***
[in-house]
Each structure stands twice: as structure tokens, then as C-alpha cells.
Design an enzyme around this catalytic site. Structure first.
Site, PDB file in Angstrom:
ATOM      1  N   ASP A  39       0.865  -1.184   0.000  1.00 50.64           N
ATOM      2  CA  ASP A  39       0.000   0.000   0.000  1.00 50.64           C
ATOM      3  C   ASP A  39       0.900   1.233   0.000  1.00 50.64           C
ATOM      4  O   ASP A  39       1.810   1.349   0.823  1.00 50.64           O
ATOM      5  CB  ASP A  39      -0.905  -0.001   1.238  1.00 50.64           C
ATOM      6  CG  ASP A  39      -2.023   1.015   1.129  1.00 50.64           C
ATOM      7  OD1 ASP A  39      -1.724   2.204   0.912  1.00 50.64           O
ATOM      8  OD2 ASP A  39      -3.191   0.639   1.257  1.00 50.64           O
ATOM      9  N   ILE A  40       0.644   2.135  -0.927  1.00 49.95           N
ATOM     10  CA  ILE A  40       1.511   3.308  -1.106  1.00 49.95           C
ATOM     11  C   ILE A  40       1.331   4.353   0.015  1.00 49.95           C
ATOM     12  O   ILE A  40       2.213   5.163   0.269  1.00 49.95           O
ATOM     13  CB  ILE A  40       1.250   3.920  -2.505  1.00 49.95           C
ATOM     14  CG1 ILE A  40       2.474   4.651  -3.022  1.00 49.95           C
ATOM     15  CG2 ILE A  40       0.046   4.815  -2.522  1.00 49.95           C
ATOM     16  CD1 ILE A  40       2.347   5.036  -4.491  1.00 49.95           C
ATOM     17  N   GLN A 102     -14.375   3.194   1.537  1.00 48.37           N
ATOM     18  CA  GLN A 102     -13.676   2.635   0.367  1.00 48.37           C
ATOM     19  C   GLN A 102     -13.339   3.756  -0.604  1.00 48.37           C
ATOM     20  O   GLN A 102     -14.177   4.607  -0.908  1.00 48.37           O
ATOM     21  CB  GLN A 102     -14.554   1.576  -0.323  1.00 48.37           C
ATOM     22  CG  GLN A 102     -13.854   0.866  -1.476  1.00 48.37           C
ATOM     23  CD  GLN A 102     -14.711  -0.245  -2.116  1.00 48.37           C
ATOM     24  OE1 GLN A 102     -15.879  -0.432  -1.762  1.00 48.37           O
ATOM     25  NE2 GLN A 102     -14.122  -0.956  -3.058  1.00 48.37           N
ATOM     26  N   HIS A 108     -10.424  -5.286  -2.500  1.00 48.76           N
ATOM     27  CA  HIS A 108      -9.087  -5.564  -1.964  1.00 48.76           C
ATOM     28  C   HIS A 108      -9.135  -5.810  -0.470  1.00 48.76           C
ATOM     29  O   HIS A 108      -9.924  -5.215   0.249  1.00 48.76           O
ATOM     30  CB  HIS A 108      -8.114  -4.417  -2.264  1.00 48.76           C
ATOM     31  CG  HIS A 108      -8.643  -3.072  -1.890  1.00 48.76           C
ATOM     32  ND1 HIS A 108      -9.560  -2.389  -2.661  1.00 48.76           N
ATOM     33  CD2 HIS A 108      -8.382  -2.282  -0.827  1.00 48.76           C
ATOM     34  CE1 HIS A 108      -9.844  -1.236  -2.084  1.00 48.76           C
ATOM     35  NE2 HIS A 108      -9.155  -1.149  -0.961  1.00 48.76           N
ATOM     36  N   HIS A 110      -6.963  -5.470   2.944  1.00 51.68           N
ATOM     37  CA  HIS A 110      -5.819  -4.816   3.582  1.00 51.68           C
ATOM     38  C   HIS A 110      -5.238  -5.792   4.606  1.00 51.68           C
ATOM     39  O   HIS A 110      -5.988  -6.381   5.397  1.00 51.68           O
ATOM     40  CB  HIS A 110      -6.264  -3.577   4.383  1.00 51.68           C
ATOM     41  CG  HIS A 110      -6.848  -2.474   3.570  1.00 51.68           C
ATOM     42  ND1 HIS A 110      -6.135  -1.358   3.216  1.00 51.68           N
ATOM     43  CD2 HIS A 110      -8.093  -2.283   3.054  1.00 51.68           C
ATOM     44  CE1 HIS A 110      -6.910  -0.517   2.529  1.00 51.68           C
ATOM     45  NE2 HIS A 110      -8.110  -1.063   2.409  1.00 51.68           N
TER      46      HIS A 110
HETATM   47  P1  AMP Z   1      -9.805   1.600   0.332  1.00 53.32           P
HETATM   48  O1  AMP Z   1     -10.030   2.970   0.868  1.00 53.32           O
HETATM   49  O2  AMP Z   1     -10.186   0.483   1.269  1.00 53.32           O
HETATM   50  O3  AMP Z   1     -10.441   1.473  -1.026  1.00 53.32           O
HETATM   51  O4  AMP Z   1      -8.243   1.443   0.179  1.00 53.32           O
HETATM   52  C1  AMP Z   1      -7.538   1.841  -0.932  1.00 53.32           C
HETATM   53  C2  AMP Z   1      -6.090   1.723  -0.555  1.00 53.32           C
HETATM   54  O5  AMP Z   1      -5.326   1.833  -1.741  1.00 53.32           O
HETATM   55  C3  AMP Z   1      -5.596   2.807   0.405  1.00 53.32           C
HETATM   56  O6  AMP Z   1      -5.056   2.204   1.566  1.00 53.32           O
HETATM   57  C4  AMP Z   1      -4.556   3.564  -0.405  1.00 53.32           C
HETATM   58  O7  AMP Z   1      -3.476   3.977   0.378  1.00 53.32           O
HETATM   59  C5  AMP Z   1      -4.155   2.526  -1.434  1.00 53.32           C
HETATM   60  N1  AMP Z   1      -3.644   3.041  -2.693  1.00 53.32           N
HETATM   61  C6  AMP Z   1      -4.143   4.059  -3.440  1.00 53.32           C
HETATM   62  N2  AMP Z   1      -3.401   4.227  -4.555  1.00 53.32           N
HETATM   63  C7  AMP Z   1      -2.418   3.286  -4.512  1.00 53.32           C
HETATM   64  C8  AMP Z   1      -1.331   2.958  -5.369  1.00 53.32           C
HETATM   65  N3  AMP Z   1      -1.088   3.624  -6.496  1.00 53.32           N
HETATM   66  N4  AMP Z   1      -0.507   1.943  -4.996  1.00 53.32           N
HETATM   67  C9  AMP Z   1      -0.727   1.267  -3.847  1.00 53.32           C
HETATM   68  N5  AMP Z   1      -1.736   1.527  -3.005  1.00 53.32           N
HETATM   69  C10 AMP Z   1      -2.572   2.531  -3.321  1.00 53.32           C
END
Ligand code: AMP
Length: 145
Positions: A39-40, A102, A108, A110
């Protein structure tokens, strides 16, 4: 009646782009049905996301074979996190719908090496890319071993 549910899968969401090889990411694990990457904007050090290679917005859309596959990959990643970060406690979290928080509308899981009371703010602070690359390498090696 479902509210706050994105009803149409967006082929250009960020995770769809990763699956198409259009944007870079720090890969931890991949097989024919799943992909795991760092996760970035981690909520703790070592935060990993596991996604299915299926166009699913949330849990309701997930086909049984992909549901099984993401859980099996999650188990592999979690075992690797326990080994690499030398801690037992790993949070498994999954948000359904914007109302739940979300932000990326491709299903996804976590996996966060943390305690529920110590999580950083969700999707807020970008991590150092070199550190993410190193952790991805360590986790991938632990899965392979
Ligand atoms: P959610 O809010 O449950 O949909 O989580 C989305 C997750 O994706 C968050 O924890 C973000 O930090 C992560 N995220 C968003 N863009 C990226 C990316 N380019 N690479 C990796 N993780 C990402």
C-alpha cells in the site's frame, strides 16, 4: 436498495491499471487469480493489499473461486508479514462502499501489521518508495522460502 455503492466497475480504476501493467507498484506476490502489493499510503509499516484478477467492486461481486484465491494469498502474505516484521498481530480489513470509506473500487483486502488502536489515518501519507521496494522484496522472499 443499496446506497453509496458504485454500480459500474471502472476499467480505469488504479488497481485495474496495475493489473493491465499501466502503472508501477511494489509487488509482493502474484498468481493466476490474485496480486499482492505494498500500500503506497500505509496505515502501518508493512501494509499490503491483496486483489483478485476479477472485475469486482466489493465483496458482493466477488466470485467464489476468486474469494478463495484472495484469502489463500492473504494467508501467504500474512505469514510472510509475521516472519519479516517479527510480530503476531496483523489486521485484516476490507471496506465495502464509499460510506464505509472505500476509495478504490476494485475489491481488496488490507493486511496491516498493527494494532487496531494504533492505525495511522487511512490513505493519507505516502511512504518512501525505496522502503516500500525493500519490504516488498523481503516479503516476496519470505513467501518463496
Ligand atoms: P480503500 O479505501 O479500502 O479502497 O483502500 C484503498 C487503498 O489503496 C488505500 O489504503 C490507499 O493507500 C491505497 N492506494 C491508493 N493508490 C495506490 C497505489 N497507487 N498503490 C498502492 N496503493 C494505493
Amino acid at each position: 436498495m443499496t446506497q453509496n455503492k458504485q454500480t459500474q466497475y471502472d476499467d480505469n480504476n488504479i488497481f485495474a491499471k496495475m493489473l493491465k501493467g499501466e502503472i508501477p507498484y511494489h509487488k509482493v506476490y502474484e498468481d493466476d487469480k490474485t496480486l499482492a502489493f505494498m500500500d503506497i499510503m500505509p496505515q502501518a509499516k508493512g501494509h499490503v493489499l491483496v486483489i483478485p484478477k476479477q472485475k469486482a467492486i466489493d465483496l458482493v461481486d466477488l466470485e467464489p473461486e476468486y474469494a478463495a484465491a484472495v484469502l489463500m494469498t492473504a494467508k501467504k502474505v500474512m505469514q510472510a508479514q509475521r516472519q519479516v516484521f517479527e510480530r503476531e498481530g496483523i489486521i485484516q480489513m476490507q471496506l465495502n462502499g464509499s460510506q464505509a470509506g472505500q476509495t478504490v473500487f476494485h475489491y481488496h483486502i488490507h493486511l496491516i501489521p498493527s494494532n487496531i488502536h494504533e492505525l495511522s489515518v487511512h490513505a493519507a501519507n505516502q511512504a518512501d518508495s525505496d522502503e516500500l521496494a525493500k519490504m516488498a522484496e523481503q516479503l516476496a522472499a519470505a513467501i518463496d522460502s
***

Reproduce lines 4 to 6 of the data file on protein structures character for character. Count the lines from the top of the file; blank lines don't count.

Site, PDB file in Angstrom:
ATOM      1  N   ASP A  39       0.865  -1.184   0.000  1.00 50.64           N
ATOM      2  CA  ASP A  39       0.000   0.000   0.000  1.00 50.64           C